Shannon M. Pruden

Shannon M. Pruden

Training

  • Postdoctoral Fellow, Spatial Intelligence Learning Center, University of Chicago, Chicago, IL
  • NRSA Postdoctoral Scholar, Department of Psychology, University of Chicago, Chicago, IL
  • Ph.D., Developmental Psychology, Temple University, Philadelphia, PA
  • M.A., Developmental Psychology, San Francisco State University, San Francisco, CA
  • B.A., Psychology, B.A., Cognitive Science, University of California, San Diego, La Jolla, CA

Research Interests

Dr. Pruden’s primary research interests lie at the intersection between developmental psychology, cognitive science, linguistics, and education. Employing a variety of methodologies (e.g., eye-tracking and naturalistic studies of language), and age groups (0-5 years), her research focuses on the development of early language abilities, with an emphasis on the growth of children’s spatial language. More specifically, she has been examining which factors influence children’s early language development, such as the role of cognitive, biological, and environmental factors, including early conceptual knowledge, child gender, and socioeconomic status. She also studies the development of spatial abilities and how language influences the development of spatial skills. Her research has been published in the most prominent journals in the field of Developmental Psychology and Education, including Child Development and Developmental Science. She has been funded by grants from the National Science Foundation and from private foundation grants.

Select Publications

1. Pruden, S.M., & Levine, S.C. (in press). Parents’ spatial language mediates a sex difference in preschoolers’ spatial language use. Psychological Science. DOI: 10.1177/0956797617711968

2. Pruden, S.M., & Odean, R. (2018). Language development: Motion verb and spatial-relational term acquisition from a developmental systems perspective. In A. Dick & U. Müller (Eds.), Advancing developmental science: Philosophy, theory, and method (pp.133-144). New York: Psychology Press/Taylor & Francis.

3. Nazareth, A., Odean, R., & Pruden, S.M. (2017). The use of eye tracking in spatial thinking research. In C.A. Was, F.J. Sansosti, & B.J. Morris (Eds.), Eye-tracking technology applications in educational research (pp.239-260). Hershey, PA: IGI Global. DOI: 10.4018/978-1-5225-1005-5

4. Konishi, H., Pruden, S.M., Golinkoff, R.M., & Hirsh-Pasek, K. (2016). Finding semantic components of dynamic realistic events: Infants categorize path and manner of motion. Journal of Experimental Child Psychology, 152, 54-70. DOI: 10.1016/j.jecp.2016.07.002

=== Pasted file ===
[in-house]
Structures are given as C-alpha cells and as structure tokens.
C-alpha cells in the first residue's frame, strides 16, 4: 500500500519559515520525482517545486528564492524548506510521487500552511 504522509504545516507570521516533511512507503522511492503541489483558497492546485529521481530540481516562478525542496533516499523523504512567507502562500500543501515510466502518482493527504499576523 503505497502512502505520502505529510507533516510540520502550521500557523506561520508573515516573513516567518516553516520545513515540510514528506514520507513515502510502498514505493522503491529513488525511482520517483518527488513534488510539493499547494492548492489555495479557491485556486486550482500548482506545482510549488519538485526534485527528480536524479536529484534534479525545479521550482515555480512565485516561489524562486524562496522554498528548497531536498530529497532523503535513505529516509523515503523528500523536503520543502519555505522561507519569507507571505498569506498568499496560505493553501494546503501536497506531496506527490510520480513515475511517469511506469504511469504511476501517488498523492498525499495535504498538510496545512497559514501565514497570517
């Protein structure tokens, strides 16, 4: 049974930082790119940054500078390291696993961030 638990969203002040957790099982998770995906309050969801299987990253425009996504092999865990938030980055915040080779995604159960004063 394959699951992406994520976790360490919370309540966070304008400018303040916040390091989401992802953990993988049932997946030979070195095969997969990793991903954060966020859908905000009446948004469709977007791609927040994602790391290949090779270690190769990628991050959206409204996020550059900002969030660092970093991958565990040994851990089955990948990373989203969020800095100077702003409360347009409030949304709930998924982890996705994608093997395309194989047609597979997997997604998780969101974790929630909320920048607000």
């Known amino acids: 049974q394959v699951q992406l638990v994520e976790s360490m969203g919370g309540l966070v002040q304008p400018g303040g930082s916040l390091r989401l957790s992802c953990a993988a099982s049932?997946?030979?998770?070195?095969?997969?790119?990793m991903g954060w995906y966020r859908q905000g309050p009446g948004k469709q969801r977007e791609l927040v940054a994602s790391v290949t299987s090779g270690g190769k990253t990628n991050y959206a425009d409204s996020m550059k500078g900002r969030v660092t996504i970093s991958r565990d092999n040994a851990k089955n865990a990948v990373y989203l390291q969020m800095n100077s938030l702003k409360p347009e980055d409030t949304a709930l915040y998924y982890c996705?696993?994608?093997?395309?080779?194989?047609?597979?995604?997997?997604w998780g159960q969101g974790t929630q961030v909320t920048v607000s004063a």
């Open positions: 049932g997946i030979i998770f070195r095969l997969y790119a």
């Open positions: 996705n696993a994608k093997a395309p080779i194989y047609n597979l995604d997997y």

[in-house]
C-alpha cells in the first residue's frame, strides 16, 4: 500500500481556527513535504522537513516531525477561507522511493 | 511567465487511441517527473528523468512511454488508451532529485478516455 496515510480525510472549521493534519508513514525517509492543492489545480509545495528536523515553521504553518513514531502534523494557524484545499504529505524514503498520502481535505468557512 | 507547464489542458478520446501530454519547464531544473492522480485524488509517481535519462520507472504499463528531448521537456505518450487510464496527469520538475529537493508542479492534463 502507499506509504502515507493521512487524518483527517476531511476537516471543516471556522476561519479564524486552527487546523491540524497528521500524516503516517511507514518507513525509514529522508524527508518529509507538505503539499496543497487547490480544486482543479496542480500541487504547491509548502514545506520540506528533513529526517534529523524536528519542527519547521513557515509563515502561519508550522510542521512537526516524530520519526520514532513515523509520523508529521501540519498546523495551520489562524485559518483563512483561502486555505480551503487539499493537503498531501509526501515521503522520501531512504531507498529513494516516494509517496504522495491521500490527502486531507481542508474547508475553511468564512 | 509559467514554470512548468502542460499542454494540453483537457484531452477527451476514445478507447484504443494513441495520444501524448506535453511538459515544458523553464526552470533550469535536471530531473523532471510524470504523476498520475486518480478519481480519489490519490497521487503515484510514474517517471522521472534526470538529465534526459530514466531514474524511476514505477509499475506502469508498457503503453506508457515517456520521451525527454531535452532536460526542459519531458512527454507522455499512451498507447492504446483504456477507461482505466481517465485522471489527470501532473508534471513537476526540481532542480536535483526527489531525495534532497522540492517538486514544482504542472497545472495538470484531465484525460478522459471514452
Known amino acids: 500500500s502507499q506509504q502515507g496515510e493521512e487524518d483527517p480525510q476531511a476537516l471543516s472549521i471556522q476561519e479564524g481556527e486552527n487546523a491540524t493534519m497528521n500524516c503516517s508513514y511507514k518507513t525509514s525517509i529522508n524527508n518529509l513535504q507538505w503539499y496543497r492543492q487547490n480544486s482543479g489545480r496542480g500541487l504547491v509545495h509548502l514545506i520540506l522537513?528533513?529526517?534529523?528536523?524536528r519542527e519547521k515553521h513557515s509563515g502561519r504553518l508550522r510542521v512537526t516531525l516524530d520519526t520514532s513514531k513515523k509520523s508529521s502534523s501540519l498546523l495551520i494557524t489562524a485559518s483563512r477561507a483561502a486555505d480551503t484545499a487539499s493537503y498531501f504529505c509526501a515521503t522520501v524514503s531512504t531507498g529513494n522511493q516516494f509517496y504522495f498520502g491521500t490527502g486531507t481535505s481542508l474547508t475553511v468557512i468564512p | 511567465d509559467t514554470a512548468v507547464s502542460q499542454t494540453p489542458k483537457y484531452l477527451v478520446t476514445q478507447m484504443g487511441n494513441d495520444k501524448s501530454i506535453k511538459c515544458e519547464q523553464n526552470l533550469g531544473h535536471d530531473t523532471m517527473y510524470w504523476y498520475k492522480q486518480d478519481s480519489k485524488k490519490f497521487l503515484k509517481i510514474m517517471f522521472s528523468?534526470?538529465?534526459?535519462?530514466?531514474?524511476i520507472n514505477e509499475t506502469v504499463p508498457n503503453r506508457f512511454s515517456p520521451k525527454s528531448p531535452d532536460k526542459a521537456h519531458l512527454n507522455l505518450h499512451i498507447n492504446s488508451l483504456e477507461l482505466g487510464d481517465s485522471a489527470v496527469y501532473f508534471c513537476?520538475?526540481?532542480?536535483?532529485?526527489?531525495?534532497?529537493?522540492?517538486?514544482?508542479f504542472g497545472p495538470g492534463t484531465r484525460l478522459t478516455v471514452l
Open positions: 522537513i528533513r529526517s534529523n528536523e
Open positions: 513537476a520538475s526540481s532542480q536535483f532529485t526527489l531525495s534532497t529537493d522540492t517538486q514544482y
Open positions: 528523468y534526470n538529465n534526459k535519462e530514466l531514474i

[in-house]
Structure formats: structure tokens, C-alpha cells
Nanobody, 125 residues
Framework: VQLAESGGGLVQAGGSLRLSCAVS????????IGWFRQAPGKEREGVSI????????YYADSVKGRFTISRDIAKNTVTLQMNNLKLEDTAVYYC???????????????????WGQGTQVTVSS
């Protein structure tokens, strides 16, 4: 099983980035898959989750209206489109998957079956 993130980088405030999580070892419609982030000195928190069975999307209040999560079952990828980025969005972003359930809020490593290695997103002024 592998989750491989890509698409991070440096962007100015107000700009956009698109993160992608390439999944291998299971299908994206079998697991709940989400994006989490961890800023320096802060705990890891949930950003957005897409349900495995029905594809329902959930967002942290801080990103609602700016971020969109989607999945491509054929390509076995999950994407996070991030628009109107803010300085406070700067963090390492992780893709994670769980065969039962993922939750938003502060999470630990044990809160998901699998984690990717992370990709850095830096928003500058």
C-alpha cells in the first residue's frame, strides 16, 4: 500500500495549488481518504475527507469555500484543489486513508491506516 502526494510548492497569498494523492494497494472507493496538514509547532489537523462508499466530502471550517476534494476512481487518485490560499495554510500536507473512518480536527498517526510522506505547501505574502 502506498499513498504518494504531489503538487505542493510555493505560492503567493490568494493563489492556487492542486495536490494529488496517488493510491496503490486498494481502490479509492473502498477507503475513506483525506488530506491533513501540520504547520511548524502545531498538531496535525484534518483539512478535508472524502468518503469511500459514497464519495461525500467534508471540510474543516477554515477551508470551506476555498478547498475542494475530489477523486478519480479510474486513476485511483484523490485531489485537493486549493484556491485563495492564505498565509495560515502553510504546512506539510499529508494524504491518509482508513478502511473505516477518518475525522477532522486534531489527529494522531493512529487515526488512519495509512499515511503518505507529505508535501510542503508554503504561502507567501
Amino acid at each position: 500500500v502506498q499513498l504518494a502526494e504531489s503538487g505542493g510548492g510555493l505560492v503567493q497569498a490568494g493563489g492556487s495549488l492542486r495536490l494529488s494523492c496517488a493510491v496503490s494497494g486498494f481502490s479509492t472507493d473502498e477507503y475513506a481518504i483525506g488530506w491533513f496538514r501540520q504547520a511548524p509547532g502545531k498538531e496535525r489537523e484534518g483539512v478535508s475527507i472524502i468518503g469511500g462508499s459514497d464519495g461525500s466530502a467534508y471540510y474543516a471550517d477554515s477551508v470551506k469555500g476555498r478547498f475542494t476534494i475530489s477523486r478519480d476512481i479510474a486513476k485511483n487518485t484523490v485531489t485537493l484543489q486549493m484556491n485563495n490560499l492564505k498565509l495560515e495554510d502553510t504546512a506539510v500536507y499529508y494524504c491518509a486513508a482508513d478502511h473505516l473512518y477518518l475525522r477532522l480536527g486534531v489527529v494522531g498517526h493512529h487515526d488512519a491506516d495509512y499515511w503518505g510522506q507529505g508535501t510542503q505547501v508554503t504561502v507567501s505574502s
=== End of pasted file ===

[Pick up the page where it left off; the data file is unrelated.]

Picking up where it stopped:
5. Song, L., Pruden, S.M., Golinkoff, R.M., & Hirsh-Pasek, K. (2016). Prelinguistic foundations of verb learning: Infants discriminate and categorize dynamic human actions. Journal of Experimental Child Psychology. DOI: 10.1016/j.jecp.2016.01.004

6. Odean, R., Nazareth, A., & Pruden, S.M. (2015). Novel methodology to examine cognitive and experiential factors in language development. Frontiers in Developmental Psychology, 6, 1266. DOI: 10.3389/fpsyg.2015.01266

7. Vieites, V., Nazareth, A., Reeb-Sutherland, B.C., & Pruden, S.M. (2015). A new biomarker to examine the role of hippocampal function in the development of spatial reorientation in children: A review. Frontiers in Developmental Psychology, 6, 490. DOI: 10.3389/fpsyg.2015.00490

8. Garcia, D., Bagner, D.M., Pruden, S.M., & Nichols-Lopez, K. (2015). Language production in children with and at risk for delay: Mediating role of parenting skills. Journal of Clinical Child and Adolescent Psychology, 44, 814-825. DOI: 10.1080/15374416.2014.900718

9. Abad, C. & Pruden, S.M. (2013). Do storybooks really break children’s gender stereotypes? Frontiers in Developmental Psychology, 4, 986. DOI: 10.3389/fpsyg.2013.00986

10. Nazareth, A., Herrera, A., & Pruden, S.M. (2013). Explaining sex differences in mental rotation: Role of spatial activity experience. Cognitive Processing, 14, 201-204. DOI: 10.1007/s10339-013-0542-8

11. Pruden, S.M., Roseberry, S., Göksun, T., Hirsh-Pasek, K., & Golinkoff, R.M. (2013). Infant categorization of path relations during dynamic events. Child Development, 84, 331-345. DOI: 10.1111/j.1467-8624.2012.01843.x

12. Pulverman, R., Song, L., Hirsh-Pasek, K., Pruden, S. M., & Golinkoff, R. M. (2013). Preverbal infants’ attention to manner and path: Foundations for learning relational terms. Child Development, 84, 241-252. DOI: 10.1111/cdev.12030

13. Pruden, S.M., Göksun, T., Roseberry, S., Hirsh-Pasek, K., & Golinkoff, R.M. (2012). Find your manners: How do infants detect the invariant manner of motion in dynamic events? Child Development, 83, 977-991. DOI: 10.1111/j.1467-8624.2012.01737.x

14. Pruden, S.M., Levine, S., & Huttenlocher, J. (2011). Children’s spatial thinking: Does talk about the spatial world matter? Developmental Science, 14, 1417-1430. DOI: 10.1111/j.1467-7687.2011.01088.x

15. Pruden, S.M., Hirsh-Pasek, K., Golinkoff, R.M., & Hennon, E.A. (2006). The birth of words: Ten-month-olds learn words through perceptual salience. Child Development, 77, 266-280. DOI: 10.1111/j.1467-8624.2006.00869.x

Courses Taught

  • Psychology of Infancy and Childhood (DEP 2001)
  • Language Acquisition (LIN 4710)
  • Cognitive Development (Graduate; DEP 5065)
  • Language and Literacy Development (Graduate; PSY 5939 Special Topics)
  • Proseminar in Infancy, Childhood & Adolescence (Graduate; DEP 5099)